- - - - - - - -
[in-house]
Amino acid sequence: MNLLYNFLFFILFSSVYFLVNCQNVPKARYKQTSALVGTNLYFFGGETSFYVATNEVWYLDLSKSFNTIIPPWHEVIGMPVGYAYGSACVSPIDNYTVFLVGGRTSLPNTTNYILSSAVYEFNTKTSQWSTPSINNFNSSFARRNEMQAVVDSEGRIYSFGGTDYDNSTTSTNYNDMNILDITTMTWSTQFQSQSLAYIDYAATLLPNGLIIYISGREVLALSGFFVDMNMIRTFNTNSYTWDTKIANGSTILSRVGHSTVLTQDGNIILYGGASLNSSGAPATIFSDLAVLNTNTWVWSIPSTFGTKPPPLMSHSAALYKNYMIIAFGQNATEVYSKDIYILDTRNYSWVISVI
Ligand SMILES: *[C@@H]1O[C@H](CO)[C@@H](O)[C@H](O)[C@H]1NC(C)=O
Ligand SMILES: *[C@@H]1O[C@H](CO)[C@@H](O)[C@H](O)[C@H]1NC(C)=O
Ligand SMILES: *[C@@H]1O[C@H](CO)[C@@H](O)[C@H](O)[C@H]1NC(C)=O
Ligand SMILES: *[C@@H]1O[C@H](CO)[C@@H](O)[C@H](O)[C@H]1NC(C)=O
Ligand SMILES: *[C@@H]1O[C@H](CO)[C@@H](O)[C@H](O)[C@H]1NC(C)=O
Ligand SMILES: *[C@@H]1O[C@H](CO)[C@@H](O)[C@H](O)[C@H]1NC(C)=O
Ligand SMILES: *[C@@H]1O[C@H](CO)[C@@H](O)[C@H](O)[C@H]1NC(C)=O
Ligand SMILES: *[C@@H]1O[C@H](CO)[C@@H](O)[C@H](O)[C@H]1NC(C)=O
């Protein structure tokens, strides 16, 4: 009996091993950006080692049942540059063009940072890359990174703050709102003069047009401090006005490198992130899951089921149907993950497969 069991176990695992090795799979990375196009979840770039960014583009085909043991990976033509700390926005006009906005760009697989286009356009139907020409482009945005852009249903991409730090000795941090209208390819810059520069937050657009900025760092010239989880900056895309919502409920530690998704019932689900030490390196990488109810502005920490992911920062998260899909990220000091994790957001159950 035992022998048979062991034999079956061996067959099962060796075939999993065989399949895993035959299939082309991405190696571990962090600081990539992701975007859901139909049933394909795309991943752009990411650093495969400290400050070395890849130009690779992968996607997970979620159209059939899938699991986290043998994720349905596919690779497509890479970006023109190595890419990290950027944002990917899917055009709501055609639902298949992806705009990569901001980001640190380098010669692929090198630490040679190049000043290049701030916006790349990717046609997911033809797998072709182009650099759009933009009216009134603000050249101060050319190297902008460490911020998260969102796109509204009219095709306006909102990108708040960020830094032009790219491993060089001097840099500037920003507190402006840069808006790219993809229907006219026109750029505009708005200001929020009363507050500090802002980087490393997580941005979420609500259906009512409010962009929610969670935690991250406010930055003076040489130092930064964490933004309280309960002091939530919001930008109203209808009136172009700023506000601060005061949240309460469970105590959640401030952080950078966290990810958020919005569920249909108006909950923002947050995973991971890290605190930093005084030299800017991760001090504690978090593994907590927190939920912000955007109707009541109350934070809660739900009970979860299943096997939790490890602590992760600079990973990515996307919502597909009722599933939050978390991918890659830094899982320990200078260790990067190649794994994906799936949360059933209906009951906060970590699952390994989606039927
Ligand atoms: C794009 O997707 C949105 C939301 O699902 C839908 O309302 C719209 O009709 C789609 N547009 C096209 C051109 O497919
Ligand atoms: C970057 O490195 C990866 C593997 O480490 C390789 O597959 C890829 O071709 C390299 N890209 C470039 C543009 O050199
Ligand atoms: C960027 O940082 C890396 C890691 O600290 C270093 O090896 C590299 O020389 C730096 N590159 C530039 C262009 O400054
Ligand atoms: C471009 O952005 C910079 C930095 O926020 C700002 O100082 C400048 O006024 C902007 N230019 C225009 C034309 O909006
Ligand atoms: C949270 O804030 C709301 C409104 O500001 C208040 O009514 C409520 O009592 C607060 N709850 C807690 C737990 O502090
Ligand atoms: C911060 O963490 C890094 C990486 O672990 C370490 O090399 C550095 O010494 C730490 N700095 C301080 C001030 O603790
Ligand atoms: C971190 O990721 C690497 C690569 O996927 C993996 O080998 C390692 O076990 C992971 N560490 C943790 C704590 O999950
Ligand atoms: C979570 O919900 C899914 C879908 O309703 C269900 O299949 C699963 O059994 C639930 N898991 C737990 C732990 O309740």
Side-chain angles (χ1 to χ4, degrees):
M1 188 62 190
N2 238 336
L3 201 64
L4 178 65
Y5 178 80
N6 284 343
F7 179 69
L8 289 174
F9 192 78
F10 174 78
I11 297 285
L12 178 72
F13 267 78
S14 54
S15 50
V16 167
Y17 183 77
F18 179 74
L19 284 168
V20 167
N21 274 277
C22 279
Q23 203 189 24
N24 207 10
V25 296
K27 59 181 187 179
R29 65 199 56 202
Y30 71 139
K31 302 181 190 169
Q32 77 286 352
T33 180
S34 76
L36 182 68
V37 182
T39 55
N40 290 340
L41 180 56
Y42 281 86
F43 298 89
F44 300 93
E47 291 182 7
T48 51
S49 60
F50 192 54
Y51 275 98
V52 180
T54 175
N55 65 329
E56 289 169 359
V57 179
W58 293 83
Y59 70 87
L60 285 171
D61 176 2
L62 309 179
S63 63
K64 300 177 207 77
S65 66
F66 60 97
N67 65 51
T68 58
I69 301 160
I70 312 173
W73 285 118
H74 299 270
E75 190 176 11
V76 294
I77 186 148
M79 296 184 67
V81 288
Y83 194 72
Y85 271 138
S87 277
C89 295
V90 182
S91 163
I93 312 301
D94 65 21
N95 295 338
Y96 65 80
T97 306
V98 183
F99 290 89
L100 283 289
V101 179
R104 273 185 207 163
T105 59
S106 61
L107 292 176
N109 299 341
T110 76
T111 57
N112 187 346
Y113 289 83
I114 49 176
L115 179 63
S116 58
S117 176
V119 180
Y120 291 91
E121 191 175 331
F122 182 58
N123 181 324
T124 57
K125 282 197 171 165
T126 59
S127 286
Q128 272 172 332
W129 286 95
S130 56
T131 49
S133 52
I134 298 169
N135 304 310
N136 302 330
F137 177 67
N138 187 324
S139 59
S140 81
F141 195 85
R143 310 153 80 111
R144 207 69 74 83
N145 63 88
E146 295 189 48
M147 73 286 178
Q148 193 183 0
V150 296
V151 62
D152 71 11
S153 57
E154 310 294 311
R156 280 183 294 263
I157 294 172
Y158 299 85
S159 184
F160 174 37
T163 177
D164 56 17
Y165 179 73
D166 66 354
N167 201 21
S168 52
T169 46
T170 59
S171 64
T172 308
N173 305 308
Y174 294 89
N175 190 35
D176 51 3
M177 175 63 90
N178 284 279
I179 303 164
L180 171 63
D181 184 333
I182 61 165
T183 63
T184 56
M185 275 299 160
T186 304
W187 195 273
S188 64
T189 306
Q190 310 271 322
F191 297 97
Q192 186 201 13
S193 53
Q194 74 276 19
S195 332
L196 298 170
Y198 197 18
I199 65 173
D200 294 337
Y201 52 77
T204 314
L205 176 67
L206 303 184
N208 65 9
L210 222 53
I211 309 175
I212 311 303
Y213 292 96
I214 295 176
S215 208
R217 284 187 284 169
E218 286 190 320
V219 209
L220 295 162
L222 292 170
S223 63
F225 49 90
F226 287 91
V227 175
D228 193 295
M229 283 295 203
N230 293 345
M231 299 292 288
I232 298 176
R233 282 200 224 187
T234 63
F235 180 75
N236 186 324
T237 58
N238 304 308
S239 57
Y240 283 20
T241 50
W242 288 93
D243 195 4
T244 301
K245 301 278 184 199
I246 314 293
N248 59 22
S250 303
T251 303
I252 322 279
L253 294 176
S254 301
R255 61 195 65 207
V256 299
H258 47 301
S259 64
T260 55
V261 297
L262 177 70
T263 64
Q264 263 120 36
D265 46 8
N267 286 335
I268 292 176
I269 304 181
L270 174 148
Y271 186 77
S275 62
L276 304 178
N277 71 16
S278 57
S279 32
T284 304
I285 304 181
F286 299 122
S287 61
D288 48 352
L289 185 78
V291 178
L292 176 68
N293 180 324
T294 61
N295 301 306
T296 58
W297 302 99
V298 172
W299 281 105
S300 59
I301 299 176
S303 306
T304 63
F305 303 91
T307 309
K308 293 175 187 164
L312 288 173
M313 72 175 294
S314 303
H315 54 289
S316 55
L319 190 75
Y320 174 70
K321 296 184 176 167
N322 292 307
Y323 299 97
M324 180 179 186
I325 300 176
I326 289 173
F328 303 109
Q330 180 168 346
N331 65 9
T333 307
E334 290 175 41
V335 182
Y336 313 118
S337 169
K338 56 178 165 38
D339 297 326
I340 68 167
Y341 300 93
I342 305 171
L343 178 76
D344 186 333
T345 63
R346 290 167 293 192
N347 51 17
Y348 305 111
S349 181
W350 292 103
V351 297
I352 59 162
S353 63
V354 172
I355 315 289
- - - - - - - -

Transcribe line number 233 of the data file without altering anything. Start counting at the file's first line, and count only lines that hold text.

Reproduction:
N248 59 22